Community College will host a traveling exhibit that speaks to the
resilience of the human spirit and the lessons to be learned from
the Holocaust. "Perspectives on the Holocaust: Women's and
Children's Art and Stories" comes to the MCCC Gallery Oct.
16-Nov. 15. This moving exhibit is a cooperative project between
the New Jersey Commission on Holocaust Education, Kidsbridge Children's
Museum in Trenton, NJ, and the Mercer County Holocaust/Genocide
Resource Center. The exhibit chronicles the histories of 15 female
Holocaust survivors in poster-size panels, as well as art created
by child survivors. Works by artists and survivors Ella Libermann-Shiber
and Halina Olomucki will also be on display. Olomucki created a
series of portraits of her fellow female prisoners, while Libermann-Shiber
focused on the daily atrocities of the war. (Artwork provided courtesy
of ORT.) An Open House for the community will be held Sunday, Oct.
14 at 3 p.m. To start the Open House, Judith Sherman, a survivor
of Ravensbruck Concentration Camp, will tell her story, and present
drawings and poetry. The Gallery is located on MCCC's West
Windsor campus, 1200 Old Trenton Road, Communications Building,
the women's portion of this self-guided exhibit, presents the stories
and photos of 15 female Holocaust survivors living in the greater
Cincinnati area. They are from a dozen countries and tell a variety
of survivor experiences. With each panel displaying a heading such
as patience, courage, responsibility, and perseverance, the viewer
gains an appreciation of what it took for these women to survive:
fighting in the resistance, living in hiding or with false identities,
and enduring concentration camps. Collectively the stories of sisters,
daughters, mothers, wives and friends are a celebration of the women's
strength and valor. By the final panel, viewers are challenged to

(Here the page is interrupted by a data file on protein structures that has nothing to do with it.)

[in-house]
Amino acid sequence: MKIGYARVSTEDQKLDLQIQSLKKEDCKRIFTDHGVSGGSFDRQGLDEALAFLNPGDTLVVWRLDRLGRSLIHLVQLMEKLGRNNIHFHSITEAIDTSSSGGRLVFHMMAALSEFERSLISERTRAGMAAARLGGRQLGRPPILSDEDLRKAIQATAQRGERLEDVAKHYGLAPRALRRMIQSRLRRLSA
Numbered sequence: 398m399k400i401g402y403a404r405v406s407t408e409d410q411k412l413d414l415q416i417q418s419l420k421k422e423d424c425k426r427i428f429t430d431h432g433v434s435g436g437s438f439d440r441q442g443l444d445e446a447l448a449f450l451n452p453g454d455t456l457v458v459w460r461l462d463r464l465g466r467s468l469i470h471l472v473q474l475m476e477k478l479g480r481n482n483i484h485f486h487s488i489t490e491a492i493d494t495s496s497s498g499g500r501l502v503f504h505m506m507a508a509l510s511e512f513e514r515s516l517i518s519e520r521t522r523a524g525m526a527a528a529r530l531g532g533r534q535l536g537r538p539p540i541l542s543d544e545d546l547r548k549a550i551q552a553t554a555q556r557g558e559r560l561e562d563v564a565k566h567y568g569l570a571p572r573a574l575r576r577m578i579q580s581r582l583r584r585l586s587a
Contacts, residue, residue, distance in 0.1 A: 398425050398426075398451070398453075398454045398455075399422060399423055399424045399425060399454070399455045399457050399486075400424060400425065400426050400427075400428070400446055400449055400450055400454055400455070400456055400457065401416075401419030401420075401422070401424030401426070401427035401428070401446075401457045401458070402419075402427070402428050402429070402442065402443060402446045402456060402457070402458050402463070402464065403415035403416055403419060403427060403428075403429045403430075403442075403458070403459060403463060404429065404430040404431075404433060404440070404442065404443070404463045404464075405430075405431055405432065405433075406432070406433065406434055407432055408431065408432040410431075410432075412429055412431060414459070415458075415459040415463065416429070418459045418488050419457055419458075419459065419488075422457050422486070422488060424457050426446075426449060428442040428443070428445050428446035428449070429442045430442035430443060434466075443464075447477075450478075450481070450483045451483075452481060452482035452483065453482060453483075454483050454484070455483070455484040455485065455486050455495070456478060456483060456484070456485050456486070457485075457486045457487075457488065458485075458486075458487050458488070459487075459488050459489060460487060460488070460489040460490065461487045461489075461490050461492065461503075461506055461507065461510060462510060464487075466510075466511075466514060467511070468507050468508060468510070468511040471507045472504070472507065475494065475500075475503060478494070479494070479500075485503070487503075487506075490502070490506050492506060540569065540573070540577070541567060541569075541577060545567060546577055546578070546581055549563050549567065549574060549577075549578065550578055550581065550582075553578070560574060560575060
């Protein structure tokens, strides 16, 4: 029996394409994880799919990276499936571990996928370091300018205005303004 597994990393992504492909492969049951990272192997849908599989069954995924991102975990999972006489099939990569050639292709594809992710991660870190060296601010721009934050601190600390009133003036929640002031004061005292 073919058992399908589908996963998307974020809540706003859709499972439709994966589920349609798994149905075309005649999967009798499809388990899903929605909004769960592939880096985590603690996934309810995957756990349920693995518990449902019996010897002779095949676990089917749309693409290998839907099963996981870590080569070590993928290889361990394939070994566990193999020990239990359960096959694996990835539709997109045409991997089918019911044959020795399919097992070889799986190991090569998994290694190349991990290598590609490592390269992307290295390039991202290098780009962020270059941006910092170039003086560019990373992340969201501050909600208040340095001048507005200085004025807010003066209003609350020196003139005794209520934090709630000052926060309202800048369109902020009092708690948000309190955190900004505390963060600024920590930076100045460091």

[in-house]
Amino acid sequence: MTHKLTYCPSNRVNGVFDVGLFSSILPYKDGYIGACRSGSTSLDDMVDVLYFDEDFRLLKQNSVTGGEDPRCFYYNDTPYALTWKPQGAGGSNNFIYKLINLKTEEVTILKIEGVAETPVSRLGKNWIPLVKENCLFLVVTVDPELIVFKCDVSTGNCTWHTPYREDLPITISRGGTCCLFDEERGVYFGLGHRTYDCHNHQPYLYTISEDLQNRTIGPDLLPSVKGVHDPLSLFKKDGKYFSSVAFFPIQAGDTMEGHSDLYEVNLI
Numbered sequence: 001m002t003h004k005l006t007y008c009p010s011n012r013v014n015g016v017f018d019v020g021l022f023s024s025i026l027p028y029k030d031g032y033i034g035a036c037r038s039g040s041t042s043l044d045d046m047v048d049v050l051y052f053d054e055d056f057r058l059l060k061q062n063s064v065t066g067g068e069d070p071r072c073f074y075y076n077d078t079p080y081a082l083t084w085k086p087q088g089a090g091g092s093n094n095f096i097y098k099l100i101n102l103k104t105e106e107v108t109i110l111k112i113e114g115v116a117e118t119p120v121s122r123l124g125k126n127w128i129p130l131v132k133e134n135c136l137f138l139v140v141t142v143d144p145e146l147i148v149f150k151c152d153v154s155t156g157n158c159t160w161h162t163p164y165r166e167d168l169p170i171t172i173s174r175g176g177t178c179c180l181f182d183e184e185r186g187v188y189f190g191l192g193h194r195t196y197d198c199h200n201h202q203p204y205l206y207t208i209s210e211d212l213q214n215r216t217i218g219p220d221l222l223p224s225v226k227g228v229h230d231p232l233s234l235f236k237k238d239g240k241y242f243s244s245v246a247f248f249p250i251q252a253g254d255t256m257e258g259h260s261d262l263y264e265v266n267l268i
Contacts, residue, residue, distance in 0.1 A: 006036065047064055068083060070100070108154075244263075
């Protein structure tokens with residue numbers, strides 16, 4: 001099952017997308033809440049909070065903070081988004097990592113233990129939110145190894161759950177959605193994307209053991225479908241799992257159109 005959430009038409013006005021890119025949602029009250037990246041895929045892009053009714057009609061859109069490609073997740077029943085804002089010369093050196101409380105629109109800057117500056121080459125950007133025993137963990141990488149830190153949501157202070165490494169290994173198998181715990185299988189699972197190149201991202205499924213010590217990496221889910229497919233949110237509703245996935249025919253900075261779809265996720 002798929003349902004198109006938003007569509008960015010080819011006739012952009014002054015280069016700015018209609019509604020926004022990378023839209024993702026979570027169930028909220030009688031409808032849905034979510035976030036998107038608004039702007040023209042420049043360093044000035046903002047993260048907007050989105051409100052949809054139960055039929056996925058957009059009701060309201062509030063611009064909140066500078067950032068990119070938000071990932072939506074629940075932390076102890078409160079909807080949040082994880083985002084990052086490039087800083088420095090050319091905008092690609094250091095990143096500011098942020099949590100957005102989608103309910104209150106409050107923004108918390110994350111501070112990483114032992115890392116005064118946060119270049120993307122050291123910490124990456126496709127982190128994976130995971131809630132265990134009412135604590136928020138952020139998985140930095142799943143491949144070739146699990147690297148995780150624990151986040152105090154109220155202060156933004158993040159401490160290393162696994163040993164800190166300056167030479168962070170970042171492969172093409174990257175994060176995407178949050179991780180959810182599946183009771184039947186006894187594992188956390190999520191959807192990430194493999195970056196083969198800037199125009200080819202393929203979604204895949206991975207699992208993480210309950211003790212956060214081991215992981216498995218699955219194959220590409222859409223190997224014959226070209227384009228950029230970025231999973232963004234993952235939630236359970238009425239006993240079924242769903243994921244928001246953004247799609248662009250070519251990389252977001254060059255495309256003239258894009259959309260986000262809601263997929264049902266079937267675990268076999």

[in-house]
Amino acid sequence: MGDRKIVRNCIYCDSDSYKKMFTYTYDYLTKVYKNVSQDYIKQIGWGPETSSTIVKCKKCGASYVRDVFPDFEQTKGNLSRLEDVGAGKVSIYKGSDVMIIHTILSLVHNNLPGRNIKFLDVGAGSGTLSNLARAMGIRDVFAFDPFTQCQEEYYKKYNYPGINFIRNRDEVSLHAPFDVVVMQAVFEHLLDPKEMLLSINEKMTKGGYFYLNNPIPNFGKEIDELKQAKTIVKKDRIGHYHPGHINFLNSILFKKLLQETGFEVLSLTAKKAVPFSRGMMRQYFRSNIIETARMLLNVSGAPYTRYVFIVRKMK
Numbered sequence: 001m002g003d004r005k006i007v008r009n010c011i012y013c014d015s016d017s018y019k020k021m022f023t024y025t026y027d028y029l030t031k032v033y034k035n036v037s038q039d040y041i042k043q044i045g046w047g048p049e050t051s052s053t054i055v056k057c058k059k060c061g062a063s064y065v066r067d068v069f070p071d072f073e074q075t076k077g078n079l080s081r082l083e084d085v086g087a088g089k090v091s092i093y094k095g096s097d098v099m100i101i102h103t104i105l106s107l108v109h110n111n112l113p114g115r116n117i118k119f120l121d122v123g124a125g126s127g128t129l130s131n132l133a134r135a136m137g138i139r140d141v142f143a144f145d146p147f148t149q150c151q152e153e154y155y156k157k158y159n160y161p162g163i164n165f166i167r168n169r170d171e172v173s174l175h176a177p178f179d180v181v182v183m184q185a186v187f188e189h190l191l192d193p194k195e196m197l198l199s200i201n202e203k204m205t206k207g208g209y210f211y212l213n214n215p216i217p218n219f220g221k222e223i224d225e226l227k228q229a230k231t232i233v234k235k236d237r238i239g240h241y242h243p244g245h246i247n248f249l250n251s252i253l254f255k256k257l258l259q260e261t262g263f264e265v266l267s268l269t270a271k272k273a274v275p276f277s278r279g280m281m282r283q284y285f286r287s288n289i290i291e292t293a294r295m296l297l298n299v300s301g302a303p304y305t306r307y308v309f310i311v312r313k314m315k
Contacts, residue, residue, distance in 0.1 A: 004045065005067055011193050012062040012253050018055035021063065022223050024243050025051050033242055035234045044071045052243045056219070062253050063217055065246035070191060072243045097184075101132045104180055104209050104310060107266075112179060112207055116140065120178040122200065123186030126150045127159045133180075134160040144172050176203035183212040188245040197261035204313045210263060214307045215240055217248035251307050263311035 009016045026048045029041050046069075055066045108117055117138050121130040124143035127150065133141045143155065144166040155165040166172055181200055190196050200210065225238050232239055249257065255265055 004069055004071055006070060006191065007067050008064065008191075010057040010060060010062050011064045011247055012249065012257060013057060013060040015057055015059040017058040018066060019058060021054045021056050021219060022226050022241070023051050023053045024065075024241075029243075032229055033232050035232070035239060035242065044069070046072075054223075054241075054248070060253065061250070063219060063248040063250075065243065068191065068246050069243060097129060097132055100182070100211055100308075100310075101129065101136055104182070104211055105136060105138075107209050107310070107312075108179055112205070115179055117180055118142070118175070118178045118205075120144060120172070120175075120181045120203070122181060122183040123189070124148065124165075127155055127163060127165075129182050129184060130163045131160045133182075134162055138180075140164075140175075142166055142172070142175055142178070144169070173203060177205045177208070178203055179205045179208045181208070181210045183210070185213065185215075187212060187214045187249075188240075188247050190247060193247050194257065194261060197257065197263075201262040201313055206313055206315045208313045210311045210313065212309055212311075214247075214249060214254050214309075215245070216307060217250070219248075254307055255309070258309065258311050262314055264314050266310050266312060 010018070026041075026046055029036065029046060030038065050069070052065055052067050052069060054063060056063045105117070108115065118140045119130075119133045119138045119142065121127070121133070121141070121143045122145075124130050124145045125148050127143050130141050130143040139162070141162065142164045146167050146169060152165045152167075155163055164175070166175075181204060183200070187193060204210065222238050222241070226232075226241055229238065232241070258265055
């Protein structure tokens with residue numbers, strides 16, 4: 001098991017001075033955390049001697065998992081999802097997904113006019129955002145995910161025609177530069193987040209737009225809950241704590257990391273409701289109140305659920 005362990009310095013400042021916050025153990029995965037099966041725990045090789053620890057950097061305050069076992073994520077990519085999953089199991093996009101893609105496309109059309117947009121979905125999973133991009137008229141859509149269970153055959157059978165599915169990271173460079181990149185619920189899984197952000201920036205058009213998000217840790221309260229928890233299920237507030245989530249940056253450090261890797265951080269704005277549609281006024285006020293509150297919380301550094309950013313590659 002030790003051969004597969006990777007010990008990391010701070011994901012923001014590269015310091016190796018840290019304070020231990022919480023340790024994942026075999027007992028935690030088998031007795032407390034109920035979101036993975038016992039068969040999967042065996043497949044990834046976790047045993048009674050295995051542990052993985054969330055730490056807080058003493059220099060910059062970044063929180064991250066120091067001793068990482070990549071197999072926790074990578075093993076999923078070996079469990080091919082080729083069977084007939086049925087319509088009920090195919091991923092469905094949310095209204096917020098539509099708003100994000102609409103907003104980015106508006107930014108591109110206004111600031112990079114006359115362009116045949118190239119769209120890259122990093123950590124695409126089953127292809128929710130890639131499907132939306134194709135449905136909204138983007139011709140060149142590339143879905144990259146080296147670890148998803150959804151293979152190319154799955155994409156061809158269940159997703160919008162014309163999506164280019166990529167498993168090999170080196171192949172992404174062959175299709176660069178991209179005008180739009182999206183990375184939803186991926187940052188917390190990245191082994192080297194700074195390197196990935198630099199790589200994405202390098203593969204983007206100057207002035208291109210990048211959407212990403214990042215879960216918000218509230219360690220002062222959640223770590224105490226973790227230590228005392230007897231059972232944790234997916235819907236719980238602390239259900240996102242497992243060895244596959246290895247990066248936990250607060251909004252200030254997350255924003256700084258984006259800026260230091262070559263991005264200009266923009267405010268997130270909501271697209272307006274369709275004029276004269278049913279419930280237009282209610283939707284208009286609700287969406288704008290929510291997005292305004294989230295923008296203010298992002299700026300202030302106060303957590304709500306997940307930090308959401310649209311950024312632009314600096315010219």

transform their own impressions into positive action.
The second part
of the exhibit, entitled "From the Children, for the Children:
Art of the Holocaust," features a collection of children's
artwork and poetry from the Holocaust. In drawings and poems, the
children speak from their hearts about their experiences of captivity,
humiliation, loss, isolation, hunger, risk and their longings for
coordinator Professor Saul Goldwasser, director of the county's
Holocaust Resource Center, which is located on the MCCC campus,
there continue to be genocides and those who deny genocides in the
world today. "The lessons that can be learned by studying the
Holocaust, particularly through the evocative art and powerful stories
of survivors, serve to keep the atrocities of the present day at
the forefront of people's consciousness. Past history can become
living history for the young, and reinforces that atrocities should
not be repeated anew for each generation," Goldwasser said.
"Events in Rwanda and Darfur are more keenly felt and understood
against the backdrop of the Holocaust."
survivor Dr. Vera Goodkin, a member of the N.J. Holocaust Commission,
"It is our sacred duty to speak for those who perished and,
above all, to try to teach love, acceptance and tolerance to the
young through lessons of the Holocaust. Our goal is to stem the
ever rising tide of hatred everywhere in the world, to stop present
day genocides, and to prevent future genocides."
are: Tuesdays, 9 a.m. to 3 p.m., and 7 p.m. to 9 p.m.; Wednesdays,
9 a.m. to 3 p.m.; and Thursdays, 10 a.m. to 3 p.m. Those interested
in scheduling a group or class trip should email firstname.lastname@example.org.
For more information, call (609) 570-3355.